April 14, 2023 • Life for Leaders
Scripture — Acts 2:14a, 22-24 (NRSV)
Peter, standing with the eleven, raised his voice and addressed the crowd, “You that are Israelites, listen to what I have to say: Jesus of Nazareth, a man attested to you by God with deeds of power, wonders, and signs that God did through him among you, as you yourselves know— this man, handed over to you according to the definite plan and foreknowledge of God, you crucified and killed by the hands of those outside the law. But God raised him up, having freed him from death, because it was impossible for him to be held in its power.”
Even as we are recovering from Holy Week’s liturgy marathon—even as we are trying to bring the message of Easter to our daily life and work—even as we doubt and wonder and pray and look for continued transformation—Jesus is with us.
Many years ago, I sang in a large youth choir at a Presbyterian church (I was a United Methodist, but they were a pretty ecumenical bunch). Recently, in going through old files, I found some copies of sermons preached by the senior pastor of that church. That is why I can tell you that on Sunday, April 6, 1986, the Rev. Dr. Philip Queen preached a sermon called “Yes, Virginia, There is a Sunday After Easter.”
The “Yes, Virginia” bit—because we’re now almost 40 years down the road from when I heard this sermon and you may not know this story—comes from a famous editorial written in 1897 called “Yes, Virginia, There is a Santa Claus.” In that editorial, New York Sun newspaperman Francis Pharcellus Church reassured an eight-year-old named Virginia O’Hanlon that she could keep believing in Santa as the manifestation of the Christmas spirit. (We can tackle that theological problem this coming December.) When I was a kid, people used to still say “Yes, Virginia, there is a…” as a way of being emphatic about something. Maybe they still do, but I haven’t heard it recently.
Anyway, Dr. Queen’s point keyed into the way many church folks feel on the Sunday after Easter Sunday. The church has traditionally celebrated fifty days of Eastertide beginning with Easter Sunday, asking us to experience Easter joy for ten days more than we spent in Lenten contemplation. But I have to admit that even in the most liturgical of churches, the Second Sunday of Easter—this year it’s tomorrow, if you’re counting—can deserve its nickname of “Low Sunday.” Holy Week was dark and intense, the Easter Vigil was beautiful and exhausting, Easter Day was joyous and powerful, the choir is tired, the priest is tired, the altar guild is tired, everyone is tired!
During the Easter season, scriptures from Acts are usually read instead of the Old Testament lesson so that we can hear the story of the birth of the early church. On this “Low Sunday” we begin our journey in Acts very near to the beginning of the early church—with Peter’s sermon to the crowd on the day of Pentecost, interpreting to them what has been happening over the past weeks. Peter explains that Jesus was killed but that he has risen again. He relates the story of Jesus’ death, resurrection, ascension, and the coming of the Spirit to the message of the Messiah as foretold by the prophet Joel and by King David in the Psalms (Acts 2:14-36). His altar call works, and thousands of people repent and accept baptism (Acts 2:38-41).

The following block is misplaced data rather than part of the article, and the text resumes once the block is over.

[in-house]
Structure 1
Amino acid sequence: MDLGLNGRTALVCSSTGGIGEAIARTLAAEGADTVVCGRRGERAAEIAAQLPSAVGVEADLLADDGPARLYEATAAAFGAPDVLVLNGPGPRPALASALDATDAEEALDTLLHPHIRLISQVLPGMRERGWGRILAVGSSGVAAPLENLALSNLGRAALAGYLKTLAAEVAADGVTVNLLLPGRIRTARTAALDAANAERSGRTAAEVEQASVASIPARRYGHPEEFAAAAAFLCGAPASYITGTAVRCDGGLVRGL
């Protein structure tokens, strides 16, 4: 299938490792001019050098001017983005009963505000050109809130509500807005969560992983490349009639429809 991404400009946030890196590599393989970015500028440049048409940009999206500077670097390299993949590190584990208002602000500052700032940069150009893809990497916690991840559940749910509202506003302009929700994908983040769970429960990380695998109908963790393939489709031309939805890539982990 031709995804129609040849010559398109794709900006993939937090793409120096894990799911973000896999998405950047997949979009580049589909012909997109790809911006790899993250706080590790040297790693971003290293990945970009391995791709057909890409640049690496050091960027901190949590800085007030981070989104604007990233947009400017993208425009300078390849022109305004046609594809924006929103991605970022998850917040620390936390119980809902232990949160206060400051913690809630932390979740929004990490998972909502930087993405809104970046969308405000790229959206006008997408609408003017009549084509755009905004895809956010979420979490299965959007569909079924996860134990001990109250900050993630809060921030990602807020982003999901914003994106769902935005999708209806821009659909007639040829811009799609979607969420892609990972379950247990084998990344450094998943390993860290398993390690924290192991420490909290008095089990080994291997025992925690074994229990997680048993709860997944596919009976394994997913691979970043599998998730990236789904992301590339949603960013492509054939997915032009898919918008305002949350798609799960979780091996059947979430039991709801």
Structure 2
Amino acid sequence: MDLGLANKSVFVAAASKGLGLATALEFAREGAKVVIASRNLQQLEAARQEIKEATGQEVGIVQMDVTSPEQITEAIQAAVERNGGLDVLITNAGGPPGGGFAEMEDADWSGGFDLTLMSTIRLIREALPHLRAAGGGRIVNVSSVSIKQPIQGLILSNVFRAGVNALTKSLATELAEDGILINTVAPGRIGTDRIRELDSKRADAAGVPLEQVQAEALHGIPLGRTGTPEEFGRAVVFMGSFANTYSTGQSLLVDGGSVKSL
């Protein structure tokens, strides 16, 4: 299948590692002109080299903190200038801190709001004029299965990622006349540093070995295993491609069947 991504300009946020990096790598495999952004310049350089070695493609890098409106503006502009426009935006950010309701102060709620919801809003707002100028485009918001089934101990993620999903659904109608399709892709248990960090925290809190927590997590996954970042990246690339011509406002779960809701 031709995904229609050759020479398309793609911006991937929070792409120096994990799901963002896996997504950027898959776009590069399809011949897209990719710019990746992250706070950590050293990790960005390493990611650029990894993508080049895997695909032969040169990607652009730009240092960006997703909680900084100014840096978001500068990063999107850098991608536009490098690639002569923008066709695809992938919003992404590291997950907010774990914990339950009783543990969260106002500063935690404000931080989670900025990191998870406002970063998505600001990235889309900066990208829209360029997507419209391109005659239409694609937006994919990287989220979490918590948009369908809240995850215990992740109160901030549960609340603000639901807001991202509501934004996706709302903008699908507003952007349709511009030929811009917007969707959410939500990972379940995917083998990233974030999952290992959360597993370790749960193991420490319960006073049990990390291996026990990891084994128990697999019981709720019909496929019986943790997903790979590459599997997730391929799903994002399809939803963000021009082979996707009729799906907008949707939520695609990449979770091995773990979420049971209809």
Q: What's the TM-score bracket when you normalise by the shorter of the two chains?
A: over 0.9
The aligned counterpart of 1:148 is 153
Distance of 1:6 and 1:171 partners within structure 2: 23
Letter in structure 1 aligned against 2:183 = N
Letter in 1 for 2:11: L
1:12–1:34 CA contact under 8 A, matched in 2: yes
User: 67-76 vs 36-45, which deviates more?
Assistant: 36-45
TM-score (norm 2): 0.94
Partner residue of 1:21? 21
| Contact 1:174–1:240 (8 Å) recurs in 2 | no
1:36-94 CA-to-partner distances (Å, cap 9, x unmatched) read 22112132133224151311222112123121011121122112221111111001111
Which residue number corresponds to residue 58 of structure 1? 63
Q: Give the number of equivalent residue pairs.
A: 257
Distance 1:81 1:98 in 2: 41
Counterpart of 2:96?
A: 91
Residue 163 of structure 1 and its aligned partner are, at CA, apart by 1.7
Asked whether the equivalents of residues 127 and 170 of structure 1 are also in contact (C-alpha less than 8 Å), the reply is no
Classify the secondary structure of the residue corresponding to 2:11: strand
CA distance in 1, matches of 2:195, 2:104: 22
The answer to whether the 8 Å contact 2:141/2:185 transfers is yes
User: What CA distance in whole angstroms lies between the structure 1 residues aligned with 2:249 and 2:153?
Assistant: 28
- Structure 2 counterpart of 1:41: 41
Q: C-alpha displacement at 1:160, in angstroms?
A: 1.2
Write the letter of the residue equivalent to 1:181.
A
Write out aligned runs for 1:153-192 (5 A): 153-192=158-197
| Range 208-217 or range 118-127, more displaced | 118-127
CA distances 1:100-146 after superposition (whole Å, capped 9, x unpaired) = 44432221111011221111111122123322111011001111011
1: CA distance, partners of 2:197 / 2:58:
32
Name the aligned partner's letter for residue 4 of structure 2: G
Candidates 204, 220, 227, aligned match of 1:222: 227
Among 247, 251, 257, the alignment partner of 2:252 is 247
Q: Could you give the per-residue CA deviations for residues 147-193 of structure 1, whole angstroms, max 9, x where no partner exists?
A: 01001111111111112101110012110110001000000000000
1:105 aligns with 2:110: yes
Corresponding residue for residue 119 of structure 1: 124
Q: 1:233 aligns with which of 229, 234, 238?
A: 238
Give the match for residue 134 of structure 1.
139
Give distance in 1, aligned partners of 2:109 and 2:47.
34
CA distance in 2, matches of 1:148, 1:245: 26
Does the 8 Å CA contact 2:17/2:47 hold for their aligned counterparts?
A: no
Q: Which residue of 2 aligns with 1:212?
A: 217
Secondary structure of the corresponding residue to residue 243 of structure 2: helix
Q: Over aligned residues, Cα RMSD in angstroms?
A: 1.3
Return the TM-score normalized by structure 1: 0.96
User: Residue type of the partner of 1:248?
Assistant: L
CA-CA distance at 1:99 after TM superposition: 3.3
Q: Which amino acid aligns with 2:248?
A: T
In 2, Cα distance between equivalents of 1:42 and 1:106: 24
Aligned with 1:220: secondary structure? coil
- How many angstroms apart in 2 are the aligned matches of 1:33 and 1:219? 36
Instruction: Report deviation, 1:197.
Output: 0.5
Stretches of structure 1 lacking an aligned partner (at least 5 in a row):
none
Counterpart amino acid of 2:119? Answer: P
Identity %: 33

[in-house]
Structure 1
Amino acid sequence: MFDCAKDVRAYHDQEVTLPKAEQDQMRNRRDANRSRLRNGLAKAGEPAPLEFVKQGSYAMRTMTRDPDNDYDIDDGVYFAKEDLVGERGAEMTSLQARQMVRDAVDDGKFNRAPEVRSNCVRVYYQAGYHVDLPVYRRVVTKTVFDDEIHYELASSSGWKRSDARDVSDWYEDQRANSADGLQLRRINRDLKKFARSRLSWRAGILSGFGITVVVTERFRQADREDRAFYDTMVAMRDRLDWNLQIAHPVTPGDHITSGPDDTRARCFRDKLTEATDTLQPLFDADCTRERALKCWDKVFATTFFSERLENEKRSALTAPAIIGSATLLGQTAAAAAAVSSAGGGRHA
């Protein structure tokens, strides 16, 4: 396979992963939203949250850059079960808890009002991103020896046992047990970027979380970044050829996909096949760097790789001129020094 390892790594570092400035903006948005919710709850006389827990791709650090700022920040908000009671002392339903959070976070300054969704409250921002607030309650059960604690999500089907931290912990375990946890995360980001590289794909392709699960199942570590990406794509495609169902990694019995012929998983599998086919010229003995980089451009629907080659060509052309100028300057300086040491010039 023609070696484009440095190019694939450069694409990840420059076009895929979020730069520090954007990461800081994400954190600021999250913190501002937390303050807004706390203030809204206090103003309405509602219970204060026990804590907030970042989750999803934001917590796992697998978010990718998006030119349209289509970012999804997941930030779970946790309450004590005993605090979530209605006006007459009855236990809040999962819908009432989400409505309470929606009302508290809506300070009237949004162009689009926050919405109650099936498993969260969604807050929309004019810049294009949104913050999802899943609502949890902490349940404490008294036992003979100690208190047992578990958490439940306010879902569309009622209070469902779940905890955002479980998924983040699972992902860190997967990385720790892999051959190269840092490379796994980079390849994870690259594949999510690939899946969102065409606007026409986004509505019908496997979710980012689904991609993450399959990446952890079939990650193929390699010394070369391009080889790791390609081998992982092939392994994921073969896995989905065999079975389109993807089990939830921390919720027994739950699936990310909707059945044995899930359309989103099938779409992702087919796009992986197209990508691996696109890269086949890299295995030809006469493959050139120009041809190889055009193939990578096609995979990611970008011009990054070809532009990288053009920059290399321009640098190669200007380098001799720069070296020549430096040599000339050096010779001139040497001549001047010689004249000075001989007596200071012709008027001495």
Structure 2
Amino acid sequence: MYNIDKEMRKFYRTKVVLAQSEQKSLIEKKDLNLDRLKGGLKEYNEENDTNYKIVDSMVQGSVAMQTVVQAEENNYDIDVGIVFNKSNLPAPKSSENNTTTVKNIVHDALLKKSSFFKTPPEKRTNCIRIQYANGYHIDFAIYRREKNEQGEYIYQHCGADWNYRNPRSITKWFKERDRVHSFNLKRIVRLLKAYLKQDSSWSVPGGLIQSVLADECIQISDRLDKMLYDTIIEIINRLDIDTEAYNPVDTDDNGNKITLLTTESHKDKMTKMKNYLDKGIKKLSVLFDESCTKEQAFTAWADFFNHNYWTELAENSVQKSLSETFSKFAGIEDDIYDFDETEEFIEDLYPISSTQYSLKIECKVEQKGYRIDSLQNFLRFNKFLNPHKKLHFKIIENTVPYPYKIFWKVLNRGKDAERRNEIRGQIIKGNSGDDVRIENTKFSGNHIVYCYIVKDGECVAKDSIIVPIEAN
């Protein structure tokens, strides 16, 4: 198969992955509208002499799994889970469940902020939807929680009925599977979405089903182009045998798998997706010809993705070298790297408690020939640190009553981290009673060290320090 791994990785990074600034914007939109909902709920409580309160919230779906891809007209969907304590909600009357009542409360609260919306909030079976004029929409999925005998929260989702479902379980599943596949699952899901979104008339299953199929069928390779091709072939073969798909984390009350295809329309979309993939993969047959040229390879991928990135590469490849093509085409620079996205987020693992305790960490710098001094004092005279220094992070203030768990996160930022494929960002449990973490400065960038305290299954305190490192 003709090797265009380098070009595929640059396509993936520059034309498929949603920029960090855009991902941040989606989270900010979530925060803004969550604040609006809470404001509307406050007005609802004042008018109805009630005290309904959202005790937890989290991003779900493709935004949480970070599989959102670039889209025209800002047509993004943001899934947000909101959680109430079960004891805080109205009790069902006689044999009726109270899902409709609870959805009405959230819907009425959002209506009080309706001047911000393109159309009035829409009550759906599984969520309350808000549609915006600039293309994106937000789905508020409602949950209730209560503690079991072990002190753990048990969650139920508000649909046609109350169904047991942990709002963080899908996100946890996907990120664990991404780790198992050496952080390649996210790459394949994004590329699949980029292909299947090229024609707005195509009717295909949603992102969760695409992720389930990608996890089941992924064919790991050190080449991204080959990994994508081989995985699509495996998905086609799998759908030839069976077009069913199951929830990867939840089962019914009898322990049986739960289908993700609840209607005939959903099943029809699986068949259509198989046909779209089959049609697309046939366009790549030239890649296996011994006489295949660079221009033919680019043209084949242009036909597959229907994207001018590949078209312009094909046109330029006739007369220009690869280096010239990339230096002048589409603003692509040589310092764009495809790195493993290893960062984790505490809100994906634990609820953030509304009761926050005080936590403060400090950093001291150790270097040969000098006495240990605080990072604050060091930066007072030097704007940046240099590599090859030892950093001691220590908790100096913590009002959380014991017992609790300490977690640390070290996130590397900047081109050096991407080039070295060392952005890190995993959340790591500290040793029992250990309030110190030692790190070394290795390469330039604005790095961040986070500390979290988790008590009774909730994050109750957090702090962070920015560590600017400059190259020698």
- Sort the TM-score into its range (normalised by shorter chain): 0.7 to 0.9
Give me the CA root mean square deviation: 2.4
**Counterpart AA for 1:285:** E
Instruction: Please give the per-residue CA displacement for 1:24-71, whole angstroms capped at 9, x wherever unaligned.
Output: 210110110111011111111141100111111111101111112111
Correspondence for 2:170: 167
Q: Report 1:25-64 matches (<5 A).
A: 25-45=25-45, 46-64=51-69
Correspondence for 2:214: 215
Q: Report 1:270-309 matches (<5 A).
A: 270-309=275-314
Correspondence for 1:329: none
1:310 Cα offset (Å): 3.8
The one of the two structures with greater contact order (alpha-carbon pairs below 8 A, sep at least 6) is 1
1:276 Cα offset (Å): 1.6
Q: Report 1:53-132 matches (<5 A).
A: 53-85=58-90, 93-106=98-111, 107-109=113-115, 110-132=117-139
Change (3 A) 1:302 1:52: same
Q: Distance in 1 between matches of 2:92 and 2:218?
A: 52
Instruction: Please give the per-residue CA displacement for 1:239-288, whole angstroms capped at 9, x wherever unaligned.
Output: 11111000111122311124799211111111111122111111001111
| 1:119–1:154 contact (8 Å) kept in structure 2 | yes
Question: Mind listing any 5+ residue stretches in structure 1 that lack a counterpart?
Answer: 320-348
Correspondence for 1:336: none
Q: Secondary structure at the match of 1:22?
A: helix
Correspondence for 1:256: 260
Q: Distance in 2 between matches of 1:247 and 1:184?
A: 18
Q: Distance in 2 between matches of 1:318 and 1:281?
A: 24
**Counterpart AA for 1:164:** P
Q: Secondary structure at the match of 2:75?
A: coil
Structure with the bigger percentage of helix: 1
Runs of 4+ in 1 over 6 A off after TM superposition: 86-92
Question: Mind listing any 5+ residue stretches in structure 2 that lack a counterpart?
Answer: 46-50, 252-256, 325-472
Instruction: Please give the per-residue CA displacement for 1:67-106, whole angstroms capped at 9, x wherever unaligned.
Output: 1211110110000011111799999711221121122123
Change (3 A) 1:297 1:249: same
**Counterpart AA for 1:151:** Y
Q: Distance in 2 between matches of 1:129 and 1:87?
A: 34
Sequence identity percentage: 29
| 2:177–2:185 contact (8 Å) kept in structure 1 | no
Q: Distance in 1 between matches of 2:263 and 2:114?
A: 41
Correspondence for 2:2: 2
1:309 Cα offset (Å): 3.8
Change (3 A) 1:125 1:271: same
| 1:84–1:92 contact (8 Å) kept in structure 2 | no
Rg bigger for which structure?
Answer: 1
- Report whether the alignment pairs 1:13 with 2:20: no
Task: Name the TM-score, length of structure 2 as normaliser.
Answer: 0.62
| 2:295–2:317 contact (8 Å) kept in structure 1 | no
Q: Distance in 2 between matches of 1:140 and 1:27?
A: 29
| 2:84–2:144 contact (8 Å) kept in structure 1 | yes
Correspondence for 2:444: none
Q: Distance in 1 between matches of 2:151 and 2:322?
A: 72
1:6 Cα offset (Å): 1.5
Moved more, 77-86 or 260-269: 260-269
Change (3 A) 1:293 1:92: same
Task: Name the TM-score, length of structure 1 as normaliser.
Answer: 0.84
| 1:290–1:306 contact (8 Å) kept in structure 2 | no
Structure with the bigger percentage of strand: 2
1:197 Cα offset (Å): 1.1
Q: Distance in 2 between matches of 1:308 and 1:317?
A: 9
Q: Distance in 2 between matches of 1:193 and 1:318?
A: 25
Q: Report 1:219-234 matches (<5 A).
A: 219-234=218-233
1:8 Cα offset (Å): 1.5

We associate this story with the drama and celebration of Pentecost, as we should. But by placing it here, the lectionary reminds us that the events leading to such drama and prophetic outburst begin with small movements of belief here and now—on Low Sunday.
Even as we are recovering from Holy Week’s liturgy marathon—even as we are trying to bring the message of Easter to our daily life and work—even as we doubt and wonder and pray and look for continued transformation—Jesus is with us. Yes, Virginia, there is a Sunday after Easter, and another, and another, and another—because Christ has risen. The Lord has risen indeed.
Where do you experience tiredness and doubt today?
Where do you experience joy and celebration today?
How can you live out Easter in your daily life and work?
One of my very favorite Easter poems, by George Herbert, called simply “Easter,” expresses the message of Jesus’ endless presence with us. Here is a very beautiful setting of it by the famous composer Ralph Vaughn Williams. I’ve given you the words below to contemplate and pray over.
I got me flowers to strew thy way;
I got me boughs off many a tree:
But thou wast up by break of day,
And brought’st thy sweets along with thee.
The Sunne arising in the East,
Though he give light, & th’ East perfume;
If they should offer to contest
With thy arising, they presume.
Can there be any day but this,
Though many suns to shine endeavour?
We count three hundred, but we miss:
There is but one, and that one ever.
Lord, can there be any day but this? Amen.
Banner image by Yasaman Khajehali on Unsplash.
Find all Life for Leaders devotions here. Explore what the Bible has to say about work at the unique website of our partners, the Theology of Work Project’s online commentary. Reflection on today’s Life for Leaders theme can be found here: Missional Community (Acts 1:6).
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Jennifer Woodruff Tait (PhD, Duke University) is the editor of and frequent contributor to Life for Leaders. She is also the managing editor of Christian History magazine and web editor for the Theology of Work Project, and a priest in the Episcopal Church. She has written a book of poetry, Histories of Us. Jennifer lives in Berea, Kentucky, with her husband, Edwin, and their two daughters.
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